The semi-official explanation for his no-show was that ticket sales for the event had been low and he felt it would look bad if he were addressing an empty hall. But why would any ordinary member show up if the leader didn’t think it worth his time? The real reason has much more to do with the previous leader, Gerard Batten’s, decision to embrace the nativist firebrand Tommy Robinson as an adviser. A large faction, including Nigel Farage, could not accept a policy to move to a more explicitly Islamosceptic position.

Mr Farage, for whom Brexit really is the be-all and end-all, believed Batten’s initiative was a pointless distraction that unhelpfully resurrected old allegations of racism and intolerance and made it the grounds for finally breaking with Ukip and switching to the Brexit Party. And Farage is irreplaceable: no one else in Ukip comes near to him in terms of public recognition. Mr Braine, who is said to be a likeable fellow who cleaves to what he sees as the political “middle-ground” is apparently popular with the membership but as yet unknown to the wider public.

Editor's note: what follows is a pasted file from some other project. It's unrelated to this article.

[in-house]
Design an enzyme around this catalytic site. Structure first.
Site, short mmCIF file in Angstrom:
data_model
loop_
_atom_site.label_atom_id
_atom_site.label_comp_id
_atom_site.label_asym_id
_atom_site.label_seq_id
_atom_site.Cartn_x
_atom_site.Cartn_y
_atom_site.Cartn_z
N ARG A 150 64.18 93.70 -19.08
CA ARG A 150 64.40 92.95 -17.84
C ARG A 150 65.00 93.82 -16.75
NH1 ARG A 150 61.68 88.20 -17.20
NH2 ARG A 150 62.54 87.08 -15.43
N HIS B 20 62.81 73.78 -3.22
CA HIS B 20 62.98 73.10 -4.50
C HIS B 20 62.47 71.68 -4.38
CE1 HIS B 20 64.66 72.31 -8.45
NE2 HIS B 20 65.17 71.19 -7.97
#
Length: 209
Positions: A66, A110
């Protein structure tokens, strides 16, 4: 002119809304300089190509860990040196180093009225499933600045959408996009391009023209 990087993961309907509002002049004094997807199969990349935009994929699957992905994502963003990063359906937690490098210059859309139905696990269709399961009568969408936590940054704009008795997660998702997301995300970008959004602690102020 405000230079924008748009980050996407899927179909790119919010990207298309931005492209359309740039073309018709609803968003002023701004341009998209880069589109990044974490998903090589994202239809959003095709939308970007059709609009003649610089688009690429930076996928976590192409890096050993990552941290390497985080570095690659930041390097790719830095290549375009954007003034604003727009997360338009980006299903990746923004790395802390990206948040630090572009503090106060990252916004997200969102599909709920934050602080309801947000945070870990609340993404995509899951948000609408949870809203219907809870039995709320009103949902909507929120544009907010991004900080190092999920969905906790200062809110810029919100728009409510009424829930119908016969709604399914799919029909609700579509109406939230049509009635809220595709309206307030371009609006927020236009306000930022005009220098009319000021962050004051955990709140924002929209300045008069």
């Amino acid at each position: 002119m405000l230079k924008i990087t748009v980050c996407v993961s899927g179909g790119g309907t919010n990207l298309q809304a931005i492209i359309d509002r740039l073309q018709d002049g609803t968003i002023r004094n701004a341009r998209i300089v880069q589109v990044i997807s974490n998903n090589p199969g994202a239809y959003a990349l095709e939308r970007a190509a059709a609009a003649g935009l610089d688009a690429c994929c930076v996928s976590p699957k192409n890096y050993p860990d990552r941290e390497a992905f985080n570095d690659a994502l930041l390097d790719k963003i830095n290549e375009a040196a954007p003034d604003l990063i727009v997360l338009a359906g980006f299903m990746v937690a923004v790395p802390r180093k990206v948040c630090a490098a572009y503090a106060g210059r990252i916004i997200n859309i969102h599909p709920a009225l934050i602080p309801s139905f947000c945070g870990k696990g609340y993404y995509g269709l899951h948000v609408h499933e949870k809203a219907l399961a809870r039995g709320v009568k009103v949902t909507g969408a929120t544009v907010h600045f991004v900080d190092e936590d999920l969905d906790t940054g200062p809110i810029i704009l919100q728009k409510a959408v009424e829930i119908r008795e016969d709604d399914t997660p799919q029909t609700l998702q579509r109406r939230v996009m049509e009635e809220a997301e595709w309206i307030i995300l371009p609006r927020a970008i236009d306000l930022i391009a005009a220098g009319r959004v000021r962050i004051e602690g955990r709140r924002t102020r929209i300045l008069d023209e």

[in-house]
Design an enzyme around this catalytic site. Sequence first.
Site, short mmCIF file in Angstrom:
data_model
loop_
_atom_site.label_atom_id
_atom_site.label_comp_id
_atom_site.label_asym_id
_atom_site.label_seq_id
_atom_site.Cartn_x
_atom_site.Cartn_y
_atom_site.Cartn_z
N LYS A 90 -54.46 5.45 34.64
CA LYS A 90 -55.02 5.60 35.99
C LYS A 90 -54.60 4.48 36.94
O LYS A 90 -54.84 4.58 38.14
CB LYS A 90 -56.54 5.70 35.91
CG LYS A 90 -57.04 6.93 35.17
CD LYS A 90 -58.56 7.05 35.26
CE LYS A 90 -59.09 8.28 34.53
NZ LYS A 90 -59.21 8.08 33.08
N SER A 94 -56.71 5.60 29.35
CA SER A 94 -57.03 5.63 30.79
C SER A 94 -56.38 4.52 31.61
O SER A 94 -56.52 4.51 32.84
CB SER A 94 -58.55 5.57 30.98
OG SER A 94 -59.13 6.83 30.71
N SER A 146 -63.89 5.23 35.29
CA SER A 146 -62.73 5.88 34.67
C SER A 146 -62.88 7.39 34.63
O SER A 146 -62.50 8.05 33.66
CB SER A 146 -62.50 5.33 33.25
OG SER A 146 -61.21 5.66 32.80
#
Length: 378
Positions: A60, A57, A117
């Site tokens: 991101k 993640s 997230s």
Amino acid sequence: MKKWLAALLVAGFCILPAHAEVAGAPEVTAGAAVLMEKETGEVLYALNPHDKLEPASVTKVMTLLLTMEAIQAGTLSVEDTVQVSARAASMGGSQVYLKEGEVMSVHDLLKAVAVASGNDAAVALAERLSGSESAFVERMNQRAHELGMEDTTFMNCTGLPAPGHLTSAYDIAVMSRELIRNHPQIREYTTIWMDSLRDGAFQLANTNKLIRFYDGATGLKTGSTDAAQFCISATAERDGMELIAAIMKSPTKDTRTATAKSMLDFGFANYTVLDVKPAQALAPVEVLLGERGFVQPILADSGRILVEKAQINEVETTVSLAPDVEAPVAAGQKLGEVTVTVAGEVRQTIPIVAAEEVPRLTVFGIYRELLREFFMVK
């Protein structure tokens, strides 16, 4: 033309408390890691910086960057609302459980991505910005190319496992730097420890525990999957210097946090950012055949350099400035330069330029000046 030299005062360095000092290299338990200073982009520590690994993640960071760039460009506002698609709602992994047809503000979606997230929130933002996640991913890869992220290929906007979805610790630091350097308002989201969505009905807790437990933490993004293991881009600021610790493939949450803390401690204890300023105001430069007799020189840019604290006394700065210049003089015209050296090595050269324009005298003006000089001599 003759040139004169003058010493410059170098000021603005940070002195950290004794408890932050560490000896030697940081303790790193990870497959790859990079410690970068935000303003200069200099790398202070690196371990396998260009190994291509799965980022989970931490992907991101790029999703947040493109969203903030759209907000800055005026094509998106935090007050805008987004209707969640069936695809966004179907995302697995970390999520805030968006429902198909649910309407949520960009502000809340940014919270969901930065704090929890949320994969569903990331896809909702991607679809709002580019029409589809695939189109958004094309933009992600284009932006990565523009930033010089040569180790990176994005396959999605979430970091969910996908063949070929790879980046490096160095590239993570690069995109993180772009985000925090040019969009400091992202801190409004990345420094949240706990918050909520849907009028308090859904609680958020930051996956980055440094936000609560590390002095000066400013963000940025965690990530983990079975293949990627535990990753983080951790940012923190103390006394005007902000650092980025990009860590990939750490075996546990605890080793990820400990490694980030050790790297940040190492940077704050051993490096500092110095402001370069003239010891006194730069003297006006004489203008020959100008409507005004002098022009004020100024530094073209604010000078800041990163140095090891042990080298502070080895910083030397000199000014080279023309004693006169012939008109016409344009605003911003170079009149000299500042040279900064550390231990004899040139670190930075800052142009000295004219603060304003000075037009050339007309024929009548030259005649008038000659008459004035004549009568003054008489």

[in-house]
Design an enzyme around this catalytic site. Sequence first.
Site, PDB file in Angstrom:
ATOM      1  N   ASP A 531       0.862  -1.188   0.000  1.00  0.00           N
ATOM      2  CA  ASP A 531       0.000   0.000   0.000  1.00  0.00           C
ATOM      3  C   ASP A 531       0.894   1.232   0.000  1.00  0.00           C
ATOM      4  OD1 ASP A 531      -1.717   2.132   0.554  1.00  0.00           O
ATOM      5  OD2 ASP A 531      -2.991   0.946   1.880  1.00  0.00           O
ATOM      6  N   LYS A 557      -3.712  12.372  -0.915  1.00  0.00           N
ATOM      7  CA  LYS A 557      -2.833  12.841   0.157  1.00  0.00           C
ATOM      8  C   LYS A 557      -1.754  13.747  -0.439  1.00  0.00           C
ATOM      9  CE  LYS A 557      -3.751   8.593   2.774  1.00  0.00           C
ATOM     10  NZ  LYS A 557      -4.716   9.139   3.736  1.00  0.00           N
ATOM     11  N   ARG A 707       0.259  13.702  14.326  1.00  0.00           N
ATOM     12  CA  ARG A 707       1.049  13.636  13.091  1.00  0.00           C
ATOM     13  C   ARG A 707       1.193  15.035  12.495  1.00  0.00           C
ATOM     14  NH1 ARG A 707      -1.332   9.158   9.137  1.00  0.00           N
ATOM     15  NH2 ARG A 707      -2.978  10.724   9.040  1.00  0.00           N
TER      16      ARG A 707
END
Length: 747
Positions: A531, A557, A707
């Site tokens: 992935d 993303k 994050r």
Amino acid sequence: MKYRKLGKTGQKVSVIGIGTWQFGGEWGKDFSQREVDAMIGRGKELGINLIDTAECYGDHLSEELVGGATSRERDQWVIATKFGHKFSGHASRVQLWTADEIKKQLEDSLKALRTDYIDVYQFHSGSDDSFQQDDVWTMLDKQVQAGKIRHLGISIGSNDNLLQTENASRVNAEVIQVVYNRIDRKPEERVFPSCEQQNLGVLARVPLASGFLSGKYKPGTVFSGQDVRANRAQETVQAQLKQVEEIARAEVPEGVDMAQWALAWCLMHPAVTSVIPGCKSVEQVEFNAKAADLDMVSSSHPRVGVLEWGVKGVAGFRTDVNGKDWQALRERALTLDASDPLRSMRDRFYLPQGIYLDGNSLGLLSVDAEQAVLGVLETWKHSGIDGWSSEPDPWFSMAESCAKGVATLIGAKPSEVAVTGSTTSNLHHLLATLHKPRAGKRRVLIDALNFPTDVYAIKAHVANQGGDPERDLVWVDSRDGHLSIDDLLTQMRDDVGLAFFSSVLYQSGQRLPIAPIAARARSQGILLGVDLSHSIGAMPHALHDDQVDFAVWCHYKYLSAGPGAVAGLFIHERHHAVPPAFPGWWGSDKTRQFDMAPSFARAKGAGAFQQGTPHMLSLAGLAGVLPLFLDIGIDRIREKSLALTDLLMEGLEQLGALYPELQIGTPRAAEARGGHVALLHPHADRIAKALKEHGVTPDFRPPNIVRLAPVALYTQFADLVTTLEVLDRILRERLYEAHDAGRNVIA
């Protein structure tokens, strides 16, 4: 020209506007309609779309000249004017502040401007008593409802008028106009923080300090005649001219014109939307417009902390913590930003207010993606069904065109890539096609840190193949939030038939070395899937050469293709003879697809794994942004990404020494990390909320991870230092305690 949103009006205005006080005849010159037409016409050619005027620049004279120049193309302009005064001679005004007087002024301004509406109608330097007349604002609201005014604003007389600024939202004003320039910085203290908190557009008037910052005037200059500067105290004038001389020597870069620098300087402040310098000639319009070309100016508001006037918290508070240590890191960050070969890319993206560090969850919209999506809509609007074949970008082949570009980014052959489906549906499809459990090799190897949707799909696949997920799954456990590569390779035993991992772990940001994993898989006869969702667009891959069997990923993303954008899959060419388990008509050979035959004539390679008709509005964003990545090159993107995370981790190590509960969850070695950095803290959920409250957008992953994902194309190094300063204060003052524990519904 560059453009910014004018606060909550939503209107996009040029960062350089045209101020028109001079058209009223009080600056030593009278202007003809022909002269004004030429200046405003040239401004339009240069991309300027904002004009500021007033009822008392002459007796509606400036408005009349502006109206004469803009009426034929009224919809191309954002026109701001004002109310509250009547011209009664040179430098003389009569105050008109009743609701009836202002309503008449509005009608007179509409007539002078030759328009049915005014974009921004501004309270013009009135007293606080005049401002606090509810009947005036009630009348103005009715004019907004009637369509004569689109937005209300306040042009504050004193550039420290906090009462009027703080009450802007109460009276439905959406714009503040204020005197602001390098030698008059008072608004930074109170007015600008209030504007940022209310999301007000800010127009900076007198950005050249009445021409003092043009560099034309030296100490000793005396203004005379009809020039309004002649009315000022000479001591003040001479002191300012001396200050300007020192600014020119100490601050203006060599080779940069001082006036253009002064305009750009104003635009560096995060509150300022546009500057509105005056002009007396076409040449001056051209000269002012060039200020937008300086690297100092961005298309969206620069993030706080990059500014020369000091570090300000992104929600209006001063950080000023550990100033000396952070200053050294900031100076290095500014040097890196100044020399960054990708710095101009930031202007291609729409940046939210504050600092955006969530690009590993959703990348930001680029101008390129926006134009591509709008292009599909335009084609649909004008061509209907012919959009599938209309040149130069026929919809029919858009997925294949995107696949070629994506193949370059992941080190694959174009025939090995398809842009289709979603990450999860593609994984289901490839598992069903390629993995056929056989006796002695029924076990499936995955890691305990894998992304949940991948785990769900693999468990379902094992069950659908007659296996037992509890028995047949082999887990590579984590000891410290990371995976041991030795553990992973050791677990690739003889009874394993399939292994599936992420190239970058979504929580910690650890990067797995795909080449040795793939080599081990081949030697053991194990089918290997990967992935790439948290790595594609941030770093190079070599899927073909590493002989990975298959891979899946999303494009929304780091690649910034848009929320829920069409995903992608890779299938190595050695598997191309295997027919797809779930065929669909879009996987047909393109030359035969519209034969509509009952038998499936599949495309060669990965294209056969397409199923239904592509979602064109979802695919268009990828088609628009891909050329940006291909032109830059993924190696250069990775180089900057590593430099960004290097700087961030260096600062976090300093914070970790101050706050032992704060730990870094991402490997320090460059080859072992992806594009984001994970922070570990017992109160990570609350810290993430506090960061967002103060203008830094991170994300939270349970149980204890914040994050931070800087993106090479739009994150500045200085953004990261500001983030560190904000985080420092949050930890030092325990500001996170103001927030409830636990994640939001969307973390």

The immediate cause of the squabble between Mr Braine and Ukip’s National Executive Committee (NEC) is that Braine wanted Gerard Batten to be his deputy leader and the NEC objected. The NEC declared that because of his flirtation with Tommy Robinson Mr Batten was a person “not in good standing” with the party and forbade his appointment which infuriated Mr Braine – hence his decision not to attend the conference.

There are elections to the NEC underway among the members so it is possible that this is a dispute that can be resolved but even if it is Ukip faces a daunting set of problems. The party’s performance in recent elections has been dismal; it no longer has any MEPs while the toll on its grassroots base in local government has been calamitous. It suffered huge losses in local elections in both 2018 and 2019, leaving Ukip councillors thin on the ground. And as all parties know, success at local level is a litmus test of political health; once you lose the stalwarts energy drains from any party.